Experience the aftermath of the Civil War - a bewildering, exhilarating and terrifying time. For African Americans, despite their hard-won freedom, support for their social, economic and political gains did not last.

2pm Reconstruction: America After the Civil War #102
Explore the rise of Jim Crow and the undermining of Reconstruction's legal and political legacy, and see how African Americans fought back using artistic expression to put forward a "New Negro" for a new century.

Tuesday, 2/18
11pm AfroPoP: The Ultimate Cultural Exchange #1202 “Amina” (NEW)
The documentary follows the journey of an African immigrant woman living in Istanbul, Turkey and the cultural challenges she faces as she pursues her dreams.

Friday, 2/21
7pm Overheard with Evan Smith #1010 “Saeed Jones, Poet and Author”
Poet and author Saeed Jones talks about his debut memoir, "How We Fight For Our Lives."

Monday, 2/24
10pm Independent Lens #2111 “Always in Season” (NEW)
In 2014, African American teenager Lennon Lacy was found hanging from a swing set. His mother believes he was lynched. Stark inconsistencies and few answers from officials drive her to lead efforts in what has become an ongoing fight for the truth.

Tuesday, 2/25
9pm Miles Davis: American Masters #3109 (NEW)
Discover the man behind the legend. With full access to the Miles Davis Estate, the film features never-before-seen footage, including studio outtakes from his recording sessions, rare photos and new interviews.

11pm AfroPoP: The Ultimate Cultural Exchange #1203 “Daddy and the Warlord”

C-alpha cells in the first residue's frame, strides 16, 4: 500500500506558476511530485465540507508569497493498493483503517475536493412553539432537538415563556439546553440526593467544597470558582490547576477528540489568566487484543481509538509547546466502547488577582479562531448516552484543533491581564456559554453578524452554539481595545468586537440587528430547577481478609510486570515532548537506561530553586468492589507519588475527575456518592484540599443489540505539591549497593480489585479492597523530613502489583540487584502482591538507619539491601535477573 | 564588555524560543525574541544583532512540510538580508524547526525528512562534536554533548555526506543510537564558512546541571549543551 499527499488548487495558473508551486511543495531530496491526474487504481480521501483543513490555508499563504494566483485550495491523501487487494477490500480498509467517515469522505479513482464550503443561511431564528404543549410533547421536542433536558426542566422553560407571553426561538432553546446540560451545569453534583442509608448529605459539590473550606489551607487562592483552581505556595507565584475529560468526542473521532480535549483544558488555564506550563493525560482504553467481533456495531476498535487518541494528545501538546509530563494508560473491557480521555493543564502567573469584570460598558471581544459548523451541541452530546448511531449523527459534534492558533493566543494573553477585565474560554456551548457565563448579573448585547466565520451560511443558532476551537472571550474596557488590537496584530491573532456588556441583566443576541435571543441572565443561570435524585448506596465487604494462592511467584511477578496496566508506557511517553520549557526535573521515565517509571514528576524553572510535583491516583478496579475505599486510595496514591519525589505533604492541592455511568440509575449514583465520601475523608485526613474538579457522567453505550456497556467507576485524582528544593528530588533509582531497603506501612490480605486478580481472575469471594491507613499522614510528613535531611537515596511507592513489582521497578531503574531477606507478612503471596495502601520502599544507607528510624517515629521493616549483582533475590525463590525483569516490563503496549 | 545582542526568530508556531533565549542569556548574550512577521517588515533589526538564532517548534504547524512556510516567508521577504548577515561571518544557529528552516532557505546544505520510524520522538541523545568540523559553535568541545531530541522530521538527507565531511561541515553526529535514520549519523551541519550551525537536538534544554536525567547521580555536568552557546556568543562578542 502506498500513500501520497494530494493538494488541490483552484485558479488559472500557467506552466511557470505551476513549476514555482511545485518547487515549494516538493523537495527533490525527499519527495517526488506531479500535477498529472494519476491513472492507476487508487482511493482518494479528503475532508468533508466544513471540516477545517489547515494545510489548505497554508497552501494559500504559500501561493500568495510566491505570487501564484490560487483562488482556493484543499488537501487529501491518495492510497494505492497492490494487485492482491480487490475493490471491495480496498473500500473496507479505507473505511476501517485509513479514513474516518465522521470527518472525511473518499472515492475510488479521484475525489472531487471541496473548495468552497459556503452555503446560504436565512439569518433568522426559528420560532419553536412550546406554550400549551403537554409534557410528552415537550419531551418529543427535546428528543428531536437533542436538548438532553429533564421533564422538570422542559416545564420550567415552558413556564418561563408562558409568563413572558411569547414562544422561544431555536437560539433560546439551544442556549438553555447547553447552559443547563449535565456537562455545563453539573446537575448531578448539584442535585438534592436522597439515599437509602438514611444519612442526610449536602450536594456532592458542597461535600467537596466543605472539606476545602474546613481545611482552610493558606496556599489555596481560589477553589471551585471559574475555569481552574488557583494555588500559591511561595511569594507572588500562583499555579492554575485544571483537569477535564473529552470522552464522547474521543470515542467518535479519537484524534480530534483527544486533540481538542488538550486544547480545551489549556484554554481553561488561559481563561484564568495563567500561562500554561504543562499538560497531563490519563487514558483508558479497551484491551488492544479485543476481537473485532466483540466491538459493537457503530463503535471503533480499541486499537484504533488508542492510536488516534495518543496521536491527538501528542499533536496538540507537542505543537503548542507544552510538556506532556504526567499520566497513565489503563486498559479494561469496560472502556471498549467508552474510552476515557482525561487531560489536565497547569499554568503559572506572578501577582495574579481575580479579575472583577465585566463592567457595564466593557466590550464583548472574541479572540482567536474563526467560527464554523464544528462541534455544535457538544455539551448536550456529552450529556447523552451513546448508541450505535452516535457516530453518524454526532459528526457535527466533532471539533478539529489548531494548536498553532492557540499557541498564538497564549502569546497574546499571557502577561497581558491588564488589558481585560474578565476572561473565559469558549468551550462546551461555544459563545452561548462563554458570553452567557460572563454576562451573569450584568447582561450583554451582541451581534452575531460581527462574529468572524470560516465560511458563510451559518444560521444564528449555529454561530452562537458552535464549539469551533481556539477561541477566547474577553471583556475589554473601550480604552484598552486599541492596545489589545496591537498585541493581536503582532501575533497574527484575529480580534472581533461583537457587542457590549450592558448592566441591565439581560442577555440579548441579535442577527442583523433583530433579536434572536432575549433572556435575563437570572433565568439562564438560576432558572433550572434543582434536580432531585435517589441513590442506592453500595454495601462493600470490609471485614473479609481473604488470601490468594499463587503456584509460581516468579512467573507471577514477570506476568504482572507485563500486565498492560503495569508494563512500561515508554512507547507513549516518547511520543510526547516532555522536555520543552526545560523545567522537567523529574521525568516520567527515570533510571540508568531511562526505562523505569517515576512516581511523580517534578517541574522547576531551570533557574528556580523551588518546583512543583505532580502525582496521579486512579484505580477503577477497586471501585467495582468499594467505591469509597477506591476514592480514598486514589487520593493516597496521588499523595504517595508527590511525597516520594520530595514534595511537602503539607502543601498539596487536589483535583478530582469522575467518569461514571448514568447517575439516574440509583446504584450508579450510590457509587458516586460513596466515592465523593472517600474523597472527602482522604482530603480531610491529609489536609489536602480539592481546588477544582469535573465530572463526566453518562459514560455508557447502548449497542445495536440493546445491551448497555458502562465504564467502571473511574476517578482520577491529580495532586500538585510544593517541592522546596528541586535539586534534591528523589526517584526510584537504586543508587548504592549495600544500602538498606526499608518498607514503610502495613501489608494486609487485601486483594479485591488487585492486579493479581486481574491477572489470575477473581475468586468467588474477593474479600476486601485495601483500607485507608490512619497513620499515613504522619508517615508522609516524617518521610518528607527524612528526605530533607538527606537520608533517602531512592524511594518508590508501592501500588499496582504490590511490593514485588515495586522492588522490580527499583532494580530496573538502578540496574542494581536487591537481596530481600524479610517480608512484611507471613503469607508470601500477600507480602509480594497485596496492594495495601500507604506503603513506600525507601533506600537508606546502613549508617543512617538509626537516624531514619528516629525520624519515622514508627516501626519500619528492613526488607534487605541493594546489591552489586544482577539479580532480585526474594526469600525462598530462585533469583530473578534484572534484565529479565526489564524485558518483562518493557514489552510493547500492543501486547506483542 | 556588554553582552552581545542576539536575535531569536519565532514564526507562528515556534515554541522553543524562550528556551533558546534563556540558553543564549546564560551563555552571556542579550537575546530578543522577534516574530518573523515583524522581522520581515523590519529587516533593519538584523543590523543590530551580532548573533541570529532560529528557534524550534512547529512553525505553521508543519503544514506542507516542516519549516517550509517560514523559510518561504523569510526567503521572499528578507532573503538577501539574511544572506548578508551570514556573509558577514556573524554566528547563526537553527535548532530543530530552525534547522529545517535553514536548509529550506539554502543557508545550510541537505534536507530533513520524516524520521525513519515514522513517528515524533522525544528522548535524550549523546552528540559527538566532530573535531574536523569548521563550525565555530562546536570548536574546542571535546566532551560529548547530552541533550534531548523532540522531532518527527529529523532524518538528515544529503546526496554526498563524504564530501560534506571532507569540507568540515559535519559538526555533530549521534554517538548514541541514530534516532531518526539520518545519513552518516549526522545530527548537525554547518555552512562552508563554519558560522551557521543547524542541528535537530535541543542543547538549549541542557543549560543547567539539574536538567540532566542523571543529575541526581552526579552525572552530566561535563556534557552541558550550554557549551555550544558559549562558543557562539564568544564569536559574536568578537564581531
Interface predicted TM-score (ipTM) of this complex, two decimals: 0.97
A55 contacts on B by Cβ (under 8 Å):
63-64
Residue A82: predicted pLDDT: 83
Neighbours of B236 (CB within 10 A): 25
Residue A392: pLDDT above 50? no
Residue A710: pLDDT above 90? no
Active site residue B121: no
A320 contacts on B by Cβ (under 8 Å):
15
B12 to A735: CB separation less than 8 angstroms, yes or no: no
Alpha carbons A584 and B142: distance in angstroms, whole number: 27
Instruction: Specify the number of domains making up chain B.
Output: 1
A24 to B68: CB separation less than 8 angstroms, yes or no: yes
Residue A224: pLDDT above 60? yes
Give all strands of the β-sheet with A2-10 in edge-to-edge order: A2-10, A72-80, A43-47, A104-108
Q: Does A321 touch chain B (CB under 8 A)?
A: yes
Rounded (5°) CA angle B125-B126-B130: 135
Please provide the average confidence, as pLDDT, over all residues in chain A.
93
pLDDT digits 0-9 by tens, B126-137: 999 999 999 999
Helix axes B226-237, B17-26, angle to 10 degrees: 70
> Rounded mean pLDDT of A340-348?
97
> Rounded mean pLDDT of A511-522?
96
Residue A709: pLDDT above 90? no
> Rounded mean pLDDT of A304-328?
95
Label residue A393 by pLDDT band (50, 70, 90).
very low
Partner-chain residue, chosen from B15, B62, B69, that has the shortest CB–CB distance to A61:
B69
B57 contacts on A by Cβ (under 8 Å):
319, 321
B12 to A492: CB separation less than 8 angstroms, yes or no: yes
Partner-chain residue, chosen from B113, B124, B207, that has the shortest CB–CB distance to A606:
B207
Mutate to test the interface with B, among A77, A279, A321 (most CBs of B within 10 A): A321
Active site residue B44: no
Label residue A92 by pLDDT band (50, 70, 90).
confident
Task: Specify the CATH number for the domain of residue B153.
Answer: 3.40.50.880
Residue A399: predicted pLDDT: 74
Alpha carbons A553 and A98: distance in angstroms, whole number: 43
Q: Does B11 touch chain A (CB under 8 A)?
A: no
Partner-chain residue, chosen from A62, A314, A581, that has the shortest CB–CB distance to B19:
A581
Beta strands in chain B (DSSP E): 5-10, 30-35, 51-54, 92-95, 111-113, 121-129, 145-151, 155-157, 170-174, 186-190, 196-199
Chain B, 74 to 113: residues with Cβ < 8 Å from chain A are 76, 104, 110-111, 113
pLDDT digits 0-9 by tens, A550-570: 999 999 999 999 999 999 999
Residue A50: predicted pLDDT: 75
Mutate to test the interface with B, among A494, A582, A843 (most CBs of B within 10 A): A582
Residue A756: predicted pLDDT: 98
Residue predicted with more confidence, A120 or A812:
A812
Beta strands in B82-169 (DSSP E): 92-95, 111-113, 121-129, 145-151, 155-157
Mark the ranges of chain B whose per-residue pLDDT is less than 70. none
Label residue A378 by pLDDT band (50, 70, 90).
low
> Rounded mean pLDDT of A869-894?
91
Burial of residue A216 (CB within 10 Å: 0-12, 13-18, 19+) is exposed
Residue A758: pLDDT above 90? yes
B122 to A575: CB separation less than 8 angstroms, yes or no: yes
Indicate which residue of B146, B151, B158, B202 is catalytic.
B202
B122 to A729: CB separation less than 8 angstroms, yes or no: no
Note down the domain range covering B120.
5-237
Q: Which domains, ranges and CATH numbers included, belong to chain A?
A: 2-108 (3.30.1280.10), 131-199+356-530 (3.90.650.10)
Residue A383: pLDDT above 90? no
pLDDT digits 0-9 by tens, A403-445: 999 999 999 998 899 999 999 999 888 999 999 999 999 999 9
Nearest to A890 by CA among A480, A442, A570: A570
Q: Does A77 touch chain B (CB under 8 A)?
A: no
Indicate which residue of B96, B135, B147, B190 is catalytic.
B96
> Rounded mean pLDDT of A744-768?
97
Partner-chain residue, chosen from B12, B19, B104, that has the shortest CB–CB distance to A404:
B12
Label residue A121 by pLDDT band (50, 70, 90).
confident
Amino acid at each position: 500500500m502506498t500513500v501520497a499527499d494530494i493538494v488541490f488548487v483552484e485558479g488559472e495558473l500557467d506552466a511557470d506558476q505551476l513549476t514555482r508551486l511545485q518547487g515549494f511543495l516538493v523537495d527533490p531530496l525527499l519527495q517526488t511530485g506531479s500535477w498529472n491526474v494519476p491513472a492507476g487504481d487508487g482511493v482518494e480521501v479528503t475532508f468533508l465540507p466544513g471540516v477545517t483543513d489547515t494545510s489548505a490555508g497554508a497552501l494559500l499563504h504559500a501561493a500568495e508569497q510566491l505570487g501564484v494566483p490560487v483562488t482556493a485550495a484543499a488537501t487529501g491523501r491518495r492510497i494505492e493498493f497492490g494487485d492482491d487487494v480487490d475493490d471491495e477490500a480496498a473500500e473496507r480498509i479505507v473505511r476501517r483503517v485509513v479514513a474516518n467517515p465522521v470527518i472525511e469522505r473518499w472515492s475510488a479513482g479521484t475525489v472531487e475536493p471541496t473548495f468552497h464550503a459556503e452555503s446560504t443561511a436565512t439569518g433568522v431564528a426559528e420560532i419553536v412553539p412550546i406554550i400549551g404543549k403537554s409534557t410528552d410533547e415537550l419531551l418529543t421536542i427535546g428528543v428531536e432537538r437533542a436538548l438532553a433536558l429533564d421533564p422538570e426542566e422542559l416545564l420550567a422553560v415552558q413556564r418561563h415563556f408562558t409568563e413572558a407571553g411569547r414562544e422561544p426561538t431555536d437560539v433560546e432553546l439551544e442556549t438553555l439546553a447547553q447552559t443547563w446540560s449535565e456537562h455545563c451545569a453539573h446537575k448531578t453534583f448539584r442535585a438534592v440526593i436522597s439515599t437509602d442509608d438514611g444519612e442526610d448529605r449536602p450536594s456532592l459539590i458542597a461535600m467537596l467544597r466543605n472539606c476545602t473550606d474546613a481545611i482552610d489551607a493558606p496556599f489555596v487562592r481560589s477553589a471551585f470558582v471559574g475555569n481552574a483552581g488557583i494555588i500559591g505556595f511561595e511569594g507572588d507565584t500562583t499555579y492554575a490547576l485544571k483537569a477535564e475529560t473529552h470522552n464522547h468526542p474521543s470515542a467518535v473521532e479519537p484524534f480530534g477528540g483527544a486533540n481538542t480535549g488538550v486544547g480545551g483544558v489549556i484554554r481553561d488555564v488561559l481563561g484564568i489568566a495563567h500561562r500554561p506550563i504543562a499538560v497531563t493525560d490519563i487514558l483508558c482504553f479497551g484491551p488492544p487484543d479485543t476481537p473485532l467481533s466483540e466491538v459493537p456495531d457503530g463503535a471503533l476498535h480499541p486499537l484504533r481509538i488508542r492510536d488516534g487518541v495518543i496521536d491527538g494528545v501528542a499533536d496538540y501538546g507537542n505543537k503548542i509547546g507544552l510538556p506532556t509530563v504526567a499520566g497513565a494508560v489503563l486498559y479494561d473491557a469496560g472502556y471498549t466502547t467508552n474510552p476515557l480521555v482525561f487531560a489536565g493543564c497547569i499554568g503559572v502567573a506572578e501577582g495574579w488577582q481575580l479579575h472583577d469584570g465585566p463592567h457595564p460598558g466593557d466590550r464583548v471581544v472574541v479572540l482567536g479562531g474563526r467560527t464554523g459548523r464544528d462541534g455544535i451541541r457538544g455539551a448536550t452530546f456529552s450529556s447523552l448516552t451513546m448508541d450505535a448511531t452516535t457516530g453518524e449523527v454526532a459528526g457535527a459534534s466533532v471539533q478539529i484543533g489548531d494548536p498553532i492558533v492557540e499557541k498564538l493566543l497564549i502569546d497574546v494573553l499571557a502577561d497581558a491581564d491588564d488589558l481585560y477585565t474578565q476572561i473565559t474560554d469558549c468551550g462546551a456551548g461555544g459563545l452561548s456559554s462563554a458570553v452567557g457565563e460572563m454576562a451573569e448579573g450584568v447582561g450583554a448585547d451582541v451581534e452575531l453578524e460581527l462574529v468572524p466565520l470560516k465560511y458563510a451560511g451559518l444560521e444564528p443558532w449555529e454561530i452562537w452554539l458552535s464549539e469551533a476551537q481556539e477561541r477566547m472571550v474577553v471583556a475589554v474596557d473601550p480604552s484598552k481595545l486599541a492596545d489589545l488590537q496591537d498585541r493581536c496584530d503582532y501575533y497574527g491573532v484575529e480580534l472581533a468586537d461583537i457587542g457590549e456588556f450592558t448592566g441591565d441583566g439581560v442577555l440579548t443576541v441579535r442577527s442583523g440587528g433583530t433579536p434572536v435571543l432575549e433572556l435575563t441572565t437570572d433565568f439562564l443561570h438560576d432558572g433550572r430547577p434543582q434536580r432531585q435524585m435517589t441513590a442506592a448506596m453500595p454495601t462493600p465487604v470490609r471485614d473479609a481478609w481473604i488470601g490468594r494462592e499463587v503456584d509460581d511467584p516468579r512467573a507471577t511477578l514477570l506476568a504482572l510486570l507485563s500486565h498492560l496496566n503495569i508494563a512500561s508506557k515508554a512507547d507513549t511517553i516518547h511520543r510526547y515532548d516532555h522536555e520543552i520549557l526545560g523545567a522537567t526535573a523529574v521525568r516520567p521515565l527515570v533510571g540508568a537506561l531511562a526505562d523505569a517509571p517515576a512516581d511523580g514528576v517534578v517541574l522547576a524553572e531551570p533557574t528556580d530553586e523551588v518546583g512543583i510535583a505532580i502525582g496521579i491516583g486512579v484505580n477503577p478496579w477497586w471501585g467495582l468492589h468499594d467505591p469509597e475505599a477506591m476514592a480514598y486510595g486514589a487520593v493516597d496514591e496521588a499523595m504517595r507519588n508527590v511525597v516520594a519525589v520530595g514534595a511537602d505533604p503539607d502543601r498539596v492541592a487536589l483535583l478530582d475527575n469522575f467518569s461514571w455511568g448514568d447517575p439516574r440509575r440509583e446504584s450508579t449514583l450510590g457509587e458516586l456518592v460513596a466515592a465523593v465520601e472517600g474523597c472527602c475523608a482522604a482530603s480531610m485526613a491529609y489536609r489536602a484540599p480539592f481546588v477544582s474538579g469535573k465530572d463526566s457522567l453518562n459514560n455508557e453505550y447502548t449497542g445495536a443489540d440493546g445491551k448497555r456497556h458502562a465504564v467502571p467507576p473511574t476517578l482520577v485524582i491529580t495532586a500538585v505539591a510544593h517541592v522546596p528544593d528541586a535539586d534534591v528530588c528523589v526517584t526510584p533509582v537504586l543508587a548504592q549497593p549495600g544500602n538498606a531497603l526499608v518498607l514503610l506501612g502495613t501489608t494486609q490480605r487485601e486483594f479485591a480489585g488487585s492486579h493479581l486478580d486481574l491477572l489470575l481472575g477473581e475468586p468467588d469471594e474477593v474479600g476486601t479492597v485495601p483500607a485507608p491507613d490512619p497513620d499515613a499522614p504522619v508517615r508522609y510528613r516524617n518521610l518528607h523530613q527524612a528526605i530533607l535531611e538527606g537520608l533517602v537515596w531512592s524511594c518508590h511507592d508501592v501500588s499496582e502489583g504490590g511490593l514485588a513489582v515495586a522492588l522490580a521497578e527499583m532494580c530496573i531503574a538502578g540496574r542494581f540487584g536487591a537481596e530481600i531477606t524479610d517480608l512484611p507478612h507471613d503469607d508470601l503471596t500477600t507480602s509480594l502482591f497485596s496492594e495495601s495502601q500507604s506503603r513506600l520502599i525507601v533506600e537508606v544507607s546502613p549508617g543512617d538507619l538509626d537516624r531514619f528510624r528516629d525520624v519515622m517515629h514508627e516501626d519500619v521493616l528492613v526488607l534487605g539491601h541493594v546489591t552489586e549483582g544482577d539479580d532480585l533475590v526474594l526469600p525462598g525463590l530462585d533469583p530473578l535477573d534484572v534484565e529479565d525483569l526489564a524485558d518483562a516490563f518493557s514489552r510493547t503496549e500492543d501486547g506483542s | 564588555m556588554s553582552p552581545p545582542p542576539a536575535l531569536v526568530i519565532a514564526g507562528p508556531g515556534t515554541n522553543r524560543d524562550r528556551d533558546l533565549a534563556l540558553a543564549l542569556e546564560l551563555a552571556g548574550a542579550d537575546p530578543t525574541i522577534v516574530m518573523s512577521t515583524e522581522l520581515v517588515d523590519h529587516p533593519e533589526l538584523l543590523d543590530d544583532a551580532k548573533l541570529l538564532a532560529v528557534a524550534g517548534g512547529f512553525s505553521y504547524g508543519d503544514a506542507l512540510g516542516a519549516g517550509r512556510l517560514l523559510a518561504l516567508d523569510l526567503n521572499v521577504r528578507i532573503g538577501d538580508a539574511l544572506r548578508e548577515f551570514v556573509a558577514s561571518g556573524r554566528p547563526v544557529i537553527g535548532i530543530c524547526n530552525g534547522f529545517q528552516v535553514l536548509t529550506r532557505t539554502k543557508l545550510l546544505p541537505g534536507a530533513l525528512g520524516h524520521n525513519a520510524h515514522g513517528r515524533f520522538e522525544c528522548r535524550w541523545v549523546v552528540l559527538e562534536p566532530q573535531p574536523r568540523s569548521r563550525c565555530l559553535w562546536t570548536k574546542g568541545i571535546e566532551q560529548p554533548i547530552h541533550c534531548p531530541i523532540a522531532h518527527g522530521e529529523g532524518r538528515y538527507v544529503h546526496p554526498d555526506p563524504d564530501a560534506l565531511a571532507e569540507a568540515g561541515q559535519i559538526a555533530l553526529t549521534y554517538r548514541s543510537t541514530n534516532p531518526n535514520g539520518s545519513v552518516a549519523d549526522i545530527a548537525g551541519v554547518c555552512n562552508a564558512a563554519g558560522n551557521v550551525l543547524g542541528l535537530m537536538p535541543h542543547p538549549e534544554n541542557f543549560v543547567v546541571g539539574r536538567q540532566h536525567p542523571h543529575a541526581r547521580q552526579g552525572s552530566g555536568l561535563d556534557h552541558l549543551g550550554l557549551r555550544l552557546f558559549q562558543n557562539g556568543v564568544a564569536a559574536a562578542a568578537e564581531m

The documentary follows a daughter's captivating quest to understand why her father collaborated with three corrupt government leaders in Liberia and with the infamous war criminal Charles Taylor.

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Monday, 2/3
11:30pm Aretha! Queen of Soul
This program, to mark the passing of Aretha Franklin, includes archival footage from her storied career, and interviews that will evoke the memory of the "Queen of Soul." The special is hosted by Hari Sreenivasan.

Thursday, 2/6
10am The Long Shadow (NEW)
When two daughters of the South, Director Frances Causey and Producer Sally Holst, set out to find causes for the continuing racial divisions in the United States, they discovered that the politics of slavery didn't end after the Civil War.

10pm B.B. King: American Masters #2903
Explore B.B. King's challenging life and career through candid interviews with the "King of the Blues," filmed shortly before his death, and fellow music stars, including Bono, Bonnie Raitt, Carlos Santana, Eric Clapton, John Mayer, and Ringo Starr.

Friday, 2/7
7pm Hollywood's Architect: The Paul R. Williams Story (NEW)